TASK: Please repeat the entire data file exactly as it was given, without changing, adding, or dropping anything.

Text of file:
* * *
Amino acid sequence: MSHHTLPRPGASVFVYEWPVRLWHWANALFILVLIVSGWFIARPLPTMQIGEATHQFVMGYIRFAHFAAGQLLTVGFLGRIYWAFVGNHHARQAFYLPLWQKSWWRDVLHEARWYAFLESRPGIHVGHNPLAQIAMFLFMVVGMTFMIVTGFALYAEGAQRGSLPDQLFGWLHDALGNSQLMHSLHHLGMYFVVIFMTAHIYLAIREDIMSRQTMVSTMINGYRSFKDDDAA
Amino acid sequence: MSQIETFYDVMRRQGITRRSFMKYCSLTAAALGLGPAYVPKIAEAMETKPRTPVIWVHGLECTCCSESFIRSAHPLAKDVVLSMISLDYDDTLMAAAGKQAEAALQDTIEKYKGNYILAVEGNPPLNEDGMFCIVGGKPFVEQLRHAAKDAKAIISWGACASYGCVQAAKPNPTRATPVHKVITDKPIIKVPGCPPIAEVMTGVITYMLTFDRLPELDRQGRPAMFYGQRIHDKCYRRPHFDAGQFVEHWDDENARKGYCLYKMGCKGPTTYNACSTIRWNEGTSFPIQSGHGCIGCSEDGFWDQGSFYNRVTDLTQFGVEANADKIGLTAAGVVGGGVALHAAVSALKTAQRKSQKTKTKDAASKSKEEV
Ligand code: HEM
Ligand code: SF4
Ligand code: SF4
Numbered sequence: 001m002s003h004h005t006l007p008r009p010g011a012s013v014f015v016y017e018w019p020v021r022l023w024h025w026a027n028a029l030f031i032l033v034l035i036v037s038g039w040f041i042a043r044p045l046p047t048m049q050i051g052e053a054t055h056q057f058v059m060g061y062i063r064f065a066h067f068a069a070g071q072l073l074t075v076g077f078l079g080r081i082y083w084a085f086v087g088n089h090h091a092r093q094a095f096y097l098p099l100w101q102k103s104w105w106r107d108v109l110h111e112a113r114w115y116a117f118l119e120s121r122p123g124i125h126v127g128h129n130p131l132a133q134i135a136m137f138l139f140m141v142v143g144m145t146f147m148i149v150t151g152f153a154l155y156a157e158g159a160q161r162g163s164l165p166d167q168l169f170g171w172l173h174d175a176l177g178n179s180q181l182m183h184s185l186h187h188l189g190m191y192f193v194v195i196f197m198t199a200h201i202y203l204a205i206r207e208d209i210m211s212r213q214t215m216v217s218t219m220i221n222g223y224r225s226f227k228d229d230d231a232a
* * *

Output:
Amino acid sequence: MSHHTLPRPGASVFVYEWPVRLWHWANALFILVLIVSGWFIARPLPTMQIGEATHQFVMGYIRFAHFAAGQLLTVGFLGRIYWAFVGNHHARQAFYLPLWQKSWWRDVLHEARWYAFLESRPGIHVGHNPLAQIAMFLFMVVGMTFMIVTGFALYAEGAQRGSLPDQLFGWLHDALGNSQLMHSLHHLGMYFVVIFMTAHIYLAIREDIMSRQTMVSTMINGYRSFKDDDAA
Amino acid sequence: MSQIETFYDVMRRQGITRRSFMKYCSLTAAALGLGPAYVPKIAEAMETKPRTPVIWVHGLECTCCSESFIRSAHPLAKDVVLSMISLDYDDTLMAAAGKQAEAALQDTIEKYKGNYILAVEGNPPLNEDGMFCIVGGKPFVEQLRHAAKDAKAIISWGACASYGCVQAAKPNPTRATPVHKVITDKPIIKVPGCPPIAEVMTGVITYMLTFDRLPELDRQGRPAMFYGQRIHDKCYRRPHFDAGQFVEHWDDENARKGYCLYKMGCKGPTTYNACSTIRWNEGTSFPIQSGHGCIGCSEDGFWDQGSFYNRVTDLTQFGVEANADKIGLTAAGVVGGGVALHAAVSALKTAQRKSQKTKTKDAASKSKEEV
Ligand code: HEM
Ligand code: SF4
Ligand code: SF4
Numbered sequence: 001m002s003h004h005t006l007p008r009p010g011a012s013v014f015v016y017e018w019p020v021r022l023w024h025w026a027n028a029l030f031i032l033v034l035i036v037s038g039w040f041i042a043r044p045l046p047t048m049q050i051g052e053a054t055h056q057f058v059m060g061y062i063r064f065a066h067f068a069a070g071q072l073l074t075v076g077f078l079g080r081i082y083w084a085f086v087g088n089h090h091a092r093q094a095f096y097l098p099l100w101q102k103s104w105w106r107d108v109l110h111e112a113r114w115y116a117f118l119e120s121r122p123g124i125h126v127g128h129n130p131l132a133q134i135a136m137f138l139f140m141v142v143g144m145t146f147m148i149v150t151g152f153a154l155y156a157e158g159a160q161r162g163s164l165p166d167q168l169f170g171w172l173h174d175a176l177g178n179s180q181l182m183h184s185l186h187h188l189g190m191y192f193v194v195i196f197m198t199a200h201i202y203l204a205i206r207e208d209i210m211s212r213q214t215m216v217s218t219m220i221n222g223y224r225s226f227k228d229d230d231a232a